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I want to use is_user_logged_in() in my home page so users that are not logged in see a sign up page.

I want to know if this function blocks search engine bots from crawling the content inside is_user_logged_in().

If it is blocked; then, how can I allow search engines to crawl the content inside it?

EDIT:

I apologize for not making my question clear enough.

Maybe I should post another question on a more appropiate section; however, here it goes, I want to redirect not logged in users who visit my homepage to a sign up page, but still allowing search engine bots to index my homepage content.

Is this possible without infringing search engines rules as Rarst mentioned in the comments?

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    Note that showing bots content different from normal visitor might be seen as trying to cheat the system by them and penalized. – Rarst Jan 31 '15 at 19:03
  • @Rarst what If I only redirect non logged in users to a sign up page? – Gixty Jan 31 '15 at 19:06
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If you wrap some content in a is_user_logged_in() condition, all that content will only be rendered to users who have an account on your website and are logged into that account.

Now, do Google bots have an account on your website? Hell no. So no, that content will never be indexed by Google in your website. Also, it will never be visible to any of your not logged in visitors (that's more than 90% of your visitors, unless you have some community website where people need to log in in order to use it).

The bright side of this technique is that the bad bots won't be able to see that content either.

So the answer to your question is:

Yes. is_user_logged_in() hides content for all bots (excluding the ones intelligent enough to create accounts on your website and log in) and for about 90% of the average websites' visitors (because people are lazy and never log in even if the do have accounts, unless they need to: you force/lure them to do so).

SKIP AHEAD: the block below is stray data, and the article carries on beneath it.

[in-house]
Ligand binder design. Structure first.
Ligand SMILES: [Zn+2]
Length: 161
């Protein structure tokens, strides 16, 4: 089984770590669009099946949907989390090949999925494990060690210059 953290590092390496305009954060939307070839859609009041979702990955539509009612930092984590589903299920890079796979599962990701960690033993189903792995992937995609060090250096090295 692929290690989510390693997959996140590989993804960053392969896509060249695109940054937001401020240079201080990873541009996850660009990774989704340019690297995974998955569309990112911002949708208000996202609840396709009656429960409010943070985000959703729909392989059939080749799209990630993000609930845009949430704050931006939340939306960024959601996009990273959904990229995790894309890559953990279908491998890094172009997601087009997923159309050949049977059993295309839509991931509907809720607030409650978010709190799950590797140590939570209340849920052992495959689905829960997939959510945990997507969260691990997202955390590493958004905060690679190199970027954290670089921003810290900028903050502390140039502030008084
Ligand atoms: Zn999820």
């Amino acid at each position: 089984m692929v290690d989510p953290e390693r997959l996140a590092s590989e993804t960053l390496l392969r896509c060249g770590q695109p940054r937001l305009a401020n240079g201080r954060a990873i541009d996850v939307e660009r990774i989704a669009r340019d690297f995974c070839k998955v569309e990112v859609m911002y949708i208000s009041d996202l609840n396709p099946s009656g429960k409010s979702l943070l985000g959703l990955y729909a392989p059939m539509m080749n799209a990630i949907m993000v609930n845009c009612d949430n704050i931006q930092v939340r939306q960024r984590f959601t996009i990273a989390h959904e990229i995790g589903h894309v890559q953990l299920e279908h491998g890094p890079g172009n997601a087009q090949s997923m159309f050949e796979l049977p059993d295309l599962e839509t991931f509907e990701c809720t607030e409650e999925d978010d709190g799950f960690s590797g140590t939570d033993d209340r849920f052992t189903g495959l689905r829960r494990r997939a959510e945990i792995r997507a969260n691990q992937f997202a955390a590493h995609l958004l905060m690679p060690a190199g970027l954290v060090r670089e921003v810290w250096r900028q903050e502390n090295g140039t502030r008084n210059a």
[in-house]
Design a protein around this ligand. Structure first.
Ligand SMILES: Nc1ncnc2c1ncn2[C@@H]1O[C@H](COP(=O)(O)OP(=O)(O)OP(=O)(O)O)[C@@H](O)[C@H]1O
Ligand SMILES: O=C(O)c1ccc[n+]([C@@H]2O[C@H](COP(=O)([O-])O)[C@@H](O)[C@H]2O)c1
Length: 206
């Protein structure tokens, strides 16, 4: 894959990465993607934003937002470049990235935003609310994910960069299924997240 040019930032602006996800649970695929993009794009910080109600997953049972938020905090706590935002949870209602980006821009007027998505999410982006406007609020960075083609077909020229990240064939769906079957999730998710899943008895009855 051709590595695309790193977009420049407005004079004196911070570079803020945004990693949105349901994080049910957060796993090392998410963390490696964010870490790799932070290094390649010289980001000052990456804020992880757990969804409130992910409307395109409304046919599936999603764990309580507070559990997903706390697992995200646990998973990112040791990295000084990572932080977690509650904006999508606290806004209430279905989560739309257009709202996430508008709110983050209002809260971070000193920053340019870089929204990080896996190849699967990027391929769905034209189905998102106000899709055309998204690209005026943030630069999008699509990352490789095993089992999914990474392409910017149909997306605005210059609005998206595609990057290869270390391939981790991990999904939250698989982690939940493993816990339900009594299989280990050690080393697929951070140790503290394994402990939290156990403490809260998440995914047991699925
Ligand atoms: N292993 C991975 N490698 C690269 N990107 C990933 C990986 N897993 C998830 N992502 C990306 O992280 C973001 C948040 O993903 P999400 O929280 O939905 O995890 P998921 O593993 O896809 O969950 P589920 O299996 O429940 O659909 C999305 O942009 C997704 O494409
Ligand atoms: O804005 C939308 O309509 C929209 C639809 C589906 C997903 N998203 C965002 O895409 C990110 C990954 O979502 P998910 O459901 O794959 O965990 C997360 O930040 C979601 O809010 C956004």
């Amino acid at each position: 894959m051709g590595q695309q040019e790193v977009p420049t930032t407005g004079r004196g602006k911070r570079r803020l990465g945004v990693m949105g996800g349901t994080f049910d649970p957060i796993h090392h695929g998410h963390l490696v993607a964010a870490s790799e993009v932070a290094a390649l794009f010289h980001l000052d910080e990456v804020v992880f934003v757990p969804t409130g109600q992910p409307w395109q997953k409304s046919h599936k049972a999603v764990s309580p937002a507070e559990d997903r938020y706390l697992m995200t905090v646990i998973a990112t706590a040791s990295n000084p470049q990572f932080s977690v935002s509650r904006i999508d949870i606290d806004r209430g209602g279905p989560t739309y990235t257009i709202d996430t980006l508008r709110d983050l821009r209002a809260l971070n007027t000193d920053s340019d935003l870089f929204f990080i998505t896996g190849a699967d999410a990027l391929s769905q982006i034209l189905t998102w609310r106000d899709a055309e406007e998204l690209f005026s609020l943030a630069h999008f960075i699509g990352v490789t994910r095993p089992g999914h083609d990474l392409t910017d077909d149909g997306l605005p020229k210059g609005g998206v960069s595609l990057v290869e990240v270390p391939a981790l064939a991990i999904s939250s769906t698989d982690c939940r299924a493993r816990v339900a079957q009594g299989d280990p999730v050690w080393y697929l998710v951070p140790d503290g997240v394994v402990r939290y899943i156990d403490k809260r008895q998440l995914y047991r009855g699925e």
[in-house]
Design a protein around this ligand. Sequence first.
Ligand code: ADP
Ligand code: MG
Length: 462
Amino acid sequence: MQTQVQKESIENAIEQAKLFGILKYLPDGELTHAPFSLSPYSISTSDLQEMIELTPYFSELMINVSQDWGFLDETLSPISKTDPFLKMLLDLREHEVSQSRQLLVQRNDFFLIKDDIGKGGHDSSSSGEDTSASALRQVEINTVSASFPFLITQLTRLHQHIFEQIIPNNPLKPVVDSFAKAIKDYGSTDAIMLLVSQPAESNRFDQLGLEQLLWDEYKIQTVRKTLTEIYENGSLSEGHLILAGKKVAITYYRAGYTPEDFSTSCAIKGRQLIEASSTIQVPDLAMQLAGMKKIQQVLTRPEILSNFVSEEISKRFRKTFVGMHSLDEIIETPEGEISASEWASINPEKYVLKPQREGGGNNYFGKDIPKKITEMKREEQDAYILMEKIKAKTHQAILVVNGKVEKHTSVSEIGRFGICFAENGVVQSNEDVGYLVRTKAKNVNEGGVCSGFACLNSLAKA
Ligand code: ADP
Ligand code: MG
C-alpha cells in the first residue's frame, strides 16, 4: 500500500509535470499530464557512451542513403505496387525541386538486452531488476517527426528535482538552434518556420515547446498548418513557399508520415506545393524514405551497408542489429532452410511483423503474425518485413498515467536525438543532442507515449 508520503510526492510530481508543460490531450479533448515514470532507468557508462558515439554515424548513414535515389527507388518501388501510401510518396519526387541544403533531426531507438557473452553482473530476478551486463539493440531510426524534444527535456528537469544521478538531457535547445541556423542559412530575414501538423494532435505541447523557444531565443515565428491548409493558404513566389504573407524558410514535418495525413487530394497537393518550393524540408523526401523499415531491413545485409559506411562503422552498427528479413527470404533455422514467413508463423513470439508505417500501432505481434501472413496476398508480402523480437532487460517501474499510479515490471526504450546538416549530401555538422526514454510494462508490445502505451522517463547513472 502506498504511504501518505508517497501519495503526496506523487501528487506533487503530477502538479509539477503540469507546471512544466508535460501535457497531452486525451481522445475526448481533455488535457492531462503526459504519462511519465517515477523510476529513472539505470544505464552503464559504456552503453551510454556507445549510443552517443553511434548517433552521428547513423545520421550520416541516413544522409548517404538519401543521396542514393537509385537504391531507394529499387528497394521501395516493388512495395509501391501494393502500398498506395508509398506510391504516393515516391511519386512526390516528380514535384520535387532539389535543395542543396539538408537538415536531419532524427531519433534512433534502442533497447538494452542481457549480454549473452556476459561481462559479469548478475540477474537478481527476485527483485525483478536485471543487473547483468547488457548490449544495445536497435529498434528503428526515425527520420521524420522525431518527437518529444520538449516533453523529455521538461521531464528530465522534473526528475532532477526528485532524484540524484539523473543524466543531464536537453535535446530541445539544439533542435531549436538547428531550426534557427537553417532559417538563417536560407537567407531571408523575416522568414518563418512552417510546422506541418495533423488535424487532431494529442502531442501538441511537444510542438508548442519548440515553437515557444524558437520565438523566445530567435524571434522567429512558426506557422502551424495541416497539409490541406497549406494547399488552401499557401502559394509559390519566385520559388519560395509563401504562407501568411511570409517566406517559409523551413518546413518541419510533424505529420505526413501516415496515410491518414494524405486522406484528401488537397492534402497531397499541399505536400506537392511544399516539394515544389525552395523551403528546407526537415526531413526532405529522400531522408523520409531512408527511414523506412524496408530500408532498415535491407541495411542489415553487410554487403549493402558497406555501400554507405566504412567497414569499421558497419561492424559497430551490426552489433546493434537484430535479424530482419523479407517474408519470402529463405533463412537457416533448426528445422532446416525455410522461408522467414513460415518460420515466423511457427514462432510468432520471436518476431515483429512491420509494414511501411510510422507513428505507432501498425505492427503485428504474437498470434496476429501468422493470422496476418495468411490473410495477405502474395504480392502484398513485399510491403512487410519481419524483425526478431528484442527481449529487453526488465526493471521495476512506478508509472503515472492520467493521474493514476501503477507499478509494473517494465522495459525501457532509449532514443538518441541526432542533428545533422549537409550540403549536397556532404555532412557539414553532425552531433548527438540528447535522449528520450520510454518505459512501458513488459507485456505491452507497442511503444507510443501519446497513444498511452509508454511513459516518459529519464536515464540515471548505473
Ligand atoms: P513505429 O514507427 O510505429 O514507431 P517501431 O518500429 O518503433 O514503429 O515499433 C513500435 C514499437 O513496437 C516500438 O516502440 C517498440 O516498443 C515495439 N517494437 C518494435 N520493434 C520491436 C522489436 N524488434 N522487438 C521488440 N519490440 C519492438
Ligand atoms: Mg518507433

Well, here's the updated answer for your updated question:

Normally, what you're trying to achieve is not technically possible. It would be, if any SE would provide a method for it, using perhaps an account you make with them (think analytics account). But as of now that's not an option.

About SE rules and policy, you'd be infringing SE rules if you tried to detect SE bots and fed them different content than what you feed to normal logged out users.

  • Good. Now, how can I allow search engines to crawl the content wrapped in is_user_logged_in ()? – Gixty Jan 31 '15 at 19:00
  • Let's make something clear. If you wrap some content in a is_user_logged_in(), search engines cannot see that content, because the page is rendered without that content for any user that is not logged in. Therefore is_user_logged_in() is the safest and most common method to hide content from all bots, including search engines. Other methods of hiding allow SE bots to see the content and advise them not to index it, but the decision is left at the SE's discretion and policy (to follow your advice or not), because the bot sees the content and can index it. – Andrei Gheorghiu Jan 31 '15 at 20:01
  • In short: 1. do not use is_user_logged_in() on content you want indexed. 2. use a robots.txt to give SE's more information about the content they find on your website (what's important, what's not, etc...) – Andrei Gheorghiu Jan 31 '15 at 20:07
  • Thanks for your answers, I understand what you are saying; however, I edited my question because I was not clear enough on what I want to achieve. Sorry for that. – Gixty Jan 31 '15 at 20:33
  • Updated answer for updated question. – Andrei Gheorghiu Jan 31 '15 at 22:01

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